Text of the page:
Judges 11:2 Parallel Verses [⇓ See commentary ⇓]

Judges 11:2, NIV: Gilead's wife also bore him sons, and when they were grown up, they drove Jephthah away. 'You are not going to get any inheritance in our family,' they said, 'because you are the son of another woman.'

Judges 11:2, ESV: And Gilead’s wife also bore him sons. And when his wife’s sons grew up, they drove Jephthah out and said to him, “You shall not have an inheritance in our father’s house, for you are the son of another woman.”

Judges 11:2, KJV: And Gilead's wife bare him sons; and his wife's sons grew up, and they thrust out Jephthah, and said unto him, Thou shalt not inherit in our father's house; for thou art the son of a strange woman.

Judges 11:2, NASB: Gilead’s wife bore him sons; and when his wife’s sons grew up, they drove Jephthah out and said to him, 'You shall not have an inheritance in our father’s house, for you are the son of another woman.'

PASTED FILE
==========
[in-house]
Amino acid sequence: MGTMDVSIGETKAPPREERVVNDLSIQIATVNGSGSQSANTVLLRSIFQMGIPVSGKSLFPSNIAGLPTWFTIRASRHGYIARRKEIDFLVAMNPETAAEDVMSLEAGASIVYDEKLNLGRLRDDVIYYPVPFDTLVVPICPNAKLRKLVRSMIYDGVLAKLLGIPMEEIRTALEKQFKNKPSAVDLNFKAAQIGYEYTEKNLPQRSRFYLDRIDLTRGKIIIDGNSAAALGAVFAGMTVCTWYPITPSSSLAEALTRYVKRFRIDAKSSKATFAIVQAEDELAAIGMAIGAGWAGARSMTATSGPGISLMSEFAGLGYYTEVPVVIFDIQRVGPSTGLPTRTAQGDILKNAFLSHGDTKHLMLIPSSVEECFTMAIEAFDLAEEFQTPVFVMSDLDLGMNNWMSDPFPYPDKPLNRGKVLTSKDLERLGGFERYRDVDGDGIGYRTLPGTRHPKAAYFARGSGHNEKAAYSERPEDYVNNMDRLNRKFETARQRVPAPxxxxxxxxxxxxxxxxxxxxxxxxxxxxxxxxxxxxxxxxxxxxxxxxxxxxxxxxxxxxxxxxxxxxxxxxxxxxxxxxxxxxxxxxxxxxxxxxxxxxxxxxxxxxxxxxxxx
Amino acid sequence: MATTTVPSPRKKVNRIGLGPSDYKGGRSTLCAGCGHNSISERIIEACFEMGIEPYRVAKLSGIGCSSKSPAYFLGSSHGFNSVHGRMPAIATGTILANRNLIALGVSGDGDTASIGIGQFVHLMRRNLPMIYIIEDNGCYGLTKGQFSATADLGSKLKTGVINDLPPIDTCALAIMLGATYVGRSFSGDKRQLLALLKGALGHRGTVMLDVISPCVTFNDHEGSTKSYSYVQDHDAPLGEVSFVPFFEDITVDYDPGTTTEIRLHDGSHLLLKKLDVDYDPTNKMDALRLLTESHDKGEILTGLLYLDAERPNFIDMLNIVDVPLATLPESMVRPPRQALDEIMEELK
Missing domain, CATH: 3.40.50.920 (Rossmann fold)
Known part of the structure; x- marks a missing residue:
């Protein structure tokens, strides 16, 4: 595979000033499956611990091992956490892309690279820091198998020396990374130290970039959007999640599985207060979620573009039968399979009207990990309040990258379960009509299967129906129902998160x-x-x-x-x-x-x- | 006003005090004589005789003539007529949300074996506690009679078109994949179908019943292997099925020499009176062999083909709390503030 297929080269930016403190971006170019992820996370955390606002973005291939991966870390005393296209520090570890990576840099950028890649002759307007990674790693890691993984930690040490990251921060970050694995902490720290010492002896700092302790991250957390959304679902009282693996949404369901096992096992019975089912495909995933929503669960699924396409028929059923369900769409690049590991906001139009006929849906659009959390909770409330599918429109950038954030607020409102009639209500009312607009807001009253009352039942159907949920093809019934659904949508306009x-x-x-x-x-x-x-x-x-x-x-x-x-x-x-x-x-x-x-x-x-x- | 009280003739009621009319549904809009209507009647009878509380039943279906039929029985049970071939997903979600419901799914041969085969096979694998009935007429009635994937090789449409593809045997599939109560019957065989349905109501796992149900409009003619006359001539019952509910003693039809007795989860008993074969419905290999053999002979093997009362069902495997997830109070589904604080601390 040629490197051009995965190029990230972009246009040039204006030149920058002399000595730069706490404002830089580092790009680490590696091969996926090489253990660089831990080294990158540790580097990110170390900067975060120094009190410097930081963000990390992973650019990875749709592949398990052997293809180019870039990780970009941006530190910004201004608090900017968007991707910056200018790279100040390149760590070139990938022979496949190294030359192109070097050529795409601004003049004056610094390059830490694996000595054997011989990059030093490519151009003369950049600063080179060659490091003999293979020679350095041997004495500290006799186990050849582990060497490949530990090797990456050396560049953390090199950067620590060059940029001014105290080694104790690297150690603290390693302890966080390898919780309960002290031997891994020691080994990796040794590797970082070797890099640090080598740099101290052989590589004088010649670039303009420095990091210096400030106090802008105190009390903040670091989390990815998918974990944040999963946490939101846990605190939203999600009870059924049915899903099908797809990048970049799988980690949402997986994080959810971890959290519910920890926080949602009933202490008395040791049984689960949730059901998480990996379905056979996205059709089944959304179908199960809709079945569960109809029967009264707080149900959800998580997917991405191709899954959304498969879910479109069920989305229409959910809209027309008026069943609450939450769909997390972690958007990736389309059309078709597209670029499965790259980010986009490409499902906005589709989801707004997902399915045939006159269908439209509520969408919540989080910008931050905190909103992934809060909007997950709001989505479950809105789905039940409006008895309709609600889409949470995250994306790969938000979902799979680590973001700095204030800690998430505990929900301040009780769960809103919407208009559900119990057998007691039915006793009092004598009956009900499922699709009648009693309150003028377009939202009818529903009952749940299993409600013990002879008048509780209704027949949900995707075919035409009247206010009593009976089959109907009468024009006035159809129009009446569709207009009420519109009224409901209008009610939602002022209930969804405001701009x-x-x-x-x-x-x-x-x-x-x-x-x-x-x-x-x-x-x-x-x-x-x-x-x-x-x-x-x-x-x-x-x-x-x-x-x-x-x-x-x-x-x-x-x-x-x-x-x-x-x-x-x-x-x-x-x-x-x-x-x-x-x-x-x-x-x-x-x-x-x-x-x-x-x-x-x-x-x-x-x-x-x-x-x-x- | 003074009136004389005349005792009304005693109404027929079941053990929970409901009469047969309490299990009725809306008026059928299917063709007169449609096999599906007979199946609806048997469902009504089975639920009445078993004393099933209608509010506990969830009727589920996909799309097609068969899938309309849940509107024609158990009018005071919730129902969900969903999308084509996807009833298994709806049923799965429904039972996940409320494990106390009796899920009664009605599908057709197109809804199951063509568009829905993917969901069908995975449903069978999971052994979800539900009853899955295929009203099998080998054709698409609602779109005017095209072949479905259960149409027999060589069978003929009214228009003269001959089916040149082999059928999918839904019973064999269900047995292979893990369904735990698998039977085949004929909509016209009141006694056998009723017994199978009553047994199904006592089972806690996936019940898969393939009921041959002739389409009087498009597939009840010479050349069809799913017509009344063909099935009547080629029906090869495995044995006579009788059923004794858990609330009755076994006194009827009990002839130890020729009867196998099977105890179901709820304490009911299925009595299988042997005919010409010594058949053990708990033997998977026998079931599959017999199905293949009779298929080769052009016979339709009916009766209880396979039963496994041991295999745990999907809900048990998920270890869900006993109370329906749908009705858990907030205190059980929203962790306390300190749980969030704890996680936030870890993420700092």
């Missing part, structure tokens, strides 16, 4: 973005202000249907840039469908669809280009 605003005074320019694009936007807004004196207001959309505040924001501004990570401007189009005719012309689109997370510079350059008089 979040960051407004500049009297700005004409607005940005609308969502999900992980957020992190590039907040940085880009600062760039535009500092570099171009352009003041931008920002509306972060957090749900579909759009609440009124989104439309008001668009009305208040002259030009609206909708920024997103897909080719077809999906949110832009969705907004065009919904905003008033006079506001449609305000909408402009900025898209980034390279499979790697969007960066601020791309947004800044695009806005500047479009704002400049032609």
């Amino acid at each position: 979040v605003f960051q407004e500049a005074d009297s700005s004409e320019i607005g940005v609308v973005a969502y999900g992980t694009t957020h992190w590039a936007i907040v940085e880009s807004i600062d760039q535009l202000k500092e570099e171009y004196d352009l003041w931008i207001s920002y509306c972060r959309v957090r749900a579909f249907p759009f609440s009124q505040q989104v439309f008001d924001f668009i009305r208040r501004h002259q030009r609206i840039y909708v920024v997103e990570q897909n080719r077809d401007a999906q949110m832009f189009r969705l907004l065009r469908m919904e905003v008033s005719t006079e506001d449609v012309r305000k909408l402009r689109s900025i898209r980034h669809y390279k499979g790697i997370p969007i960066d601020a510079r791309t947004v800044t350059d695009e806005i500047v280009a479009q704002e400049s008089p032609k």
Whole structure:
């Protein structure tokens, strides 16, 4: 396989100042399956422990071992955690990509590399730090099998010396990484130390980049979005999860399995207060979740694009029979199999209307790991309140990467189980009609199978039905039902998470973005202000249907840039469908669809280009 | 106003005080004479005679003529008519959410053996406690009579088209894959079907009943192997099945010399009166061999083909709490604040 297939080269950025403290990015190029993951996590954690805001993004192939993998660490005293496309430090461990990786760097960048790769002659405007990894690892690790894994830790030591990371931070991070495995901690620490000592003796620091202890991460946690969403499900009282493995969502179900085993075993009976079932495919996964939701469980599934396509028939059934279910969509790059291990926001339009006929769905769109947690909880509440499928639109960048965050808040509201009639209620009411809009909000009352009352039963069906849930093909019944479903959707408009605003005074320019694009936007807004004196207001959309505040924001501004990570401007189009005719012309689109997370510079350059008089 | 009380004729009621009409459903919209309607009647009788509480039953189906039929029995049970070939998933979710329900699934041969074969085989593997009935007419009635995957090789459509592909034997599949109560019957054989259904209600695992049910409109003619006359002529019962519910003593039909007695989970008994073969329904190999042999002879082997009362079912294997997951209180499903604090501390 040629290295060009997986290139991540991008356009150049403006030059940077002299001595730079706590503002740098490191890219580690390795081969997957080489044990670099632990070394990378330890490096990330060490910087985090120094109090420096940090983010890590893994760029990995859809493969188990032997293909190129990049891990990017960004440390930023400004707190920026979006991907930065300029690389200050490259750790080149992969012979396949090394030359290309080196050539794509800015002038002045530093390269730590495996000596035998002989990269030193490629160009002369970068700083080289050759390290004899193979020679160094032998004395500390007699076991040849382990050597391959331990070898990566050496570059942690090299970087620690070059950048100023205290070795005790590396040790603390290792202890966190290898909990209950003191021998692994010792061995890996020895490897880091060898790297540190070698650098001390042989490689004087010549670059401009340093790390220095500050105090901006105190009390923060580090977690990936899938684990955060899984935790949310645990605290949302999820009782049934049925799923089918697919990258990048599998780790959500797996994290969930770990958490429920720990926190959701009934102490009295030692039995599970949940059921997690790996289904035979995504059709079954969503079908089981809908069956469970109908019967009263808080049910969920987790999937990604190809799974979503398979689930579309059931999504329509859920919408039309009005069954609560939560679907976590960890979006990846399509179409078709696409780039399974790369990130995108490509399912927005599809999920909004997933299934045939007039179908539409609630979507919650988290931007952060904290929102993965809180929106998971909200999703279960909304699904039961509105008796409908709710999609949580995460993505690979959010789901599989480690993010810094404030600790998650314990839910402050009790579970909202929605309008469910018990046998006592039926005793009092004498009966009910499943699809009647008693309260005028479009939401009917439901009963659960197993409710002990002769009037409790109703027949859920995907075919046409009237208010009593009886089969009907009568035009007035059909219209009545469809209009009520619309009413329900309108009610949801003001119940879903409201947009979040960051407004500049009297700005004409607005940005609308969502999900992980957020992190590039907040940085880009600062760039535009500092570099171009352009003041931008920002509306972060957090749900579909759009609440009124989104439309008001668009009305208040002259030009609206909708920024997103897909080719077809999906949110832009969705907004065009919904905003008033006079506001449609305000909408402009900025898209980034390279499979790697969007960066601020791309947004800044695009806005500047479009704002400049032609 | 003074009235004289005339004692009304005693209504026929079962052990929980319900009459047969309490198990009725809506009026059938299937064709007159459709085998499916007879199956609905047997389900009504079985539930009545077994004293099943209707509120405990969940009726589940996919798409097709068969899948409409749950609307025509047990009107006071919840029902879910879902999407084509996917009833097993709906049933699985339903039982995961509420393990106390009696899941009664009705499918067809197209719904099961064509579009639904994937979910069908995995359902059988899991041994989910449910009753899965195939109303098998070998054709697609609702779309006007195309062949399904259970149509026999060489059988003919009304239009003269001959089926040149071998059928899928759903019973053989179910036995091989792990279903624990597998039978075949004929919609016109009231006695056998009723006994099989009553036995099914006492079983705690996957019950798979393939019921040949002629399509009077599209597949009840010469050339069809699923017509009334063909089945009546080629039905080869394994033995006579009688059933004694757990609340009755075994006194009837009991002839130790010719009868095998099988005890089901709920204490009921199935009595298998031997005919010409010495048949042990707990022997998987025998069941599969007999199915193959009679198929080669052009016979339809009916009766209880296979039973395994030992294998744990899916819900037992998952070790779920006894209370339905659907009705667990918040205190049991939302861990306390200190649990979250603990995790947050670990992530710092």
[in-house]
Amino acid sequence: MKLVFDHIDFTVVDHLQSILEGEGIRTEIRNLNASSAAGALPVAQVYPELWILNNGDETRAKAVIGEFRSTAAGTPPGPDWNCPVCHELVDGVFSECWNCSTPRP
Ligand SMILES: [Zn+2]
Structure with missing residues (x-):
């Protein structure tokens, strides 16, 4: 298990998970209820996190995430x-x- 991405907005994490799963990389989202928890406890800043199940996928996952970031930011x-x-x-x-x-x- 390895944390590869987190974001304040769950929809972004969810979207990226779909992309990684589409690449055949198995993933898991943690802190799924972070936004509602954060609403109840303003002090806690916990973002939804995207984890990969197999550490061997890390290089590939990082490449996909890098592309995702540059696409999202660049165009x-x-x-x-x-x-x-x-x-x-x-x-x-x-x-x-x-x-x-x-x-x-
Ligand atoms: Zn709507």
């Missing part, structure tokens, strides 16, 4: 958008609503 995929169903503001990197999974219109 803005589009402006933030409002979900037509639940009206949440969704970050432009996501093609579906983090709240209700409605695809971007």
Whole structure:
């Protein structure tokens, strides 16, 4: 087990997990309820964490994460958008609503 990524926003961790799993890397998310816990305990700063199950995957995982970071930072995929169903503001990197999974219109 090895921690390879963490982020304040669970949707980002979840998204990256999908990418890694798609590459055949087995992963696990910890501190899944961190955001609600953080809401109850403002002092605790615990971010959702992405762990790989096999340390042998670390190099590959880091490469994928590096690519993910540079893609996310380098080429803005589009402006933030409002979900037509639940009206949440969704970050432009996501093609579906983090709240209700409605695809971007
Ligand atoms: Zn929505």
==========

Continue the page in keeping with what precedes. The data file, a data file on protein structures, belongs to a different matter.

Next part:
Judges 11:2, NLT: Gilead's wife also had several sons, and when these half brothers grew up, they chased Jephthah off the land. 'You will not get any of our father's inheritance,' they said, 'for you are the son of a prostitute.'

Judges 11:2, CSB: Gilead's wife bore him sons, and when they grew up, they drove Jephthah out and said to him, "You will have no inheritance in our father's family, because you are the son of another woman."

What does Judges 11:2 mean? [⇑ See verse text ⇑]

Jephthah has been described as a "mighty warrior" (Judges 11:1), but he begins his independent adult life being exiled by his own brothers. Though he is possibly the firstborn of his father Gilead, Jephthah is the son of a prostitute. Gilead has other sons by his legitimate wife. Those sons, Jephthah's brothers, drive him away from the family for the sake of the inheritance.

During ancient times, it was common for the firstborn son to receive a double share of the inheritance. That would make Jephthah's brothers more eager to reject him, so that even if they split the inheritance equally, they would get more. Even as the son of a prostitute, Jephthah was recognized by his father, and so entitled to his share of his father's estate. Yet he did not have social standing to push back against threats from his brothers. So, he runs away to begin a new life on his own.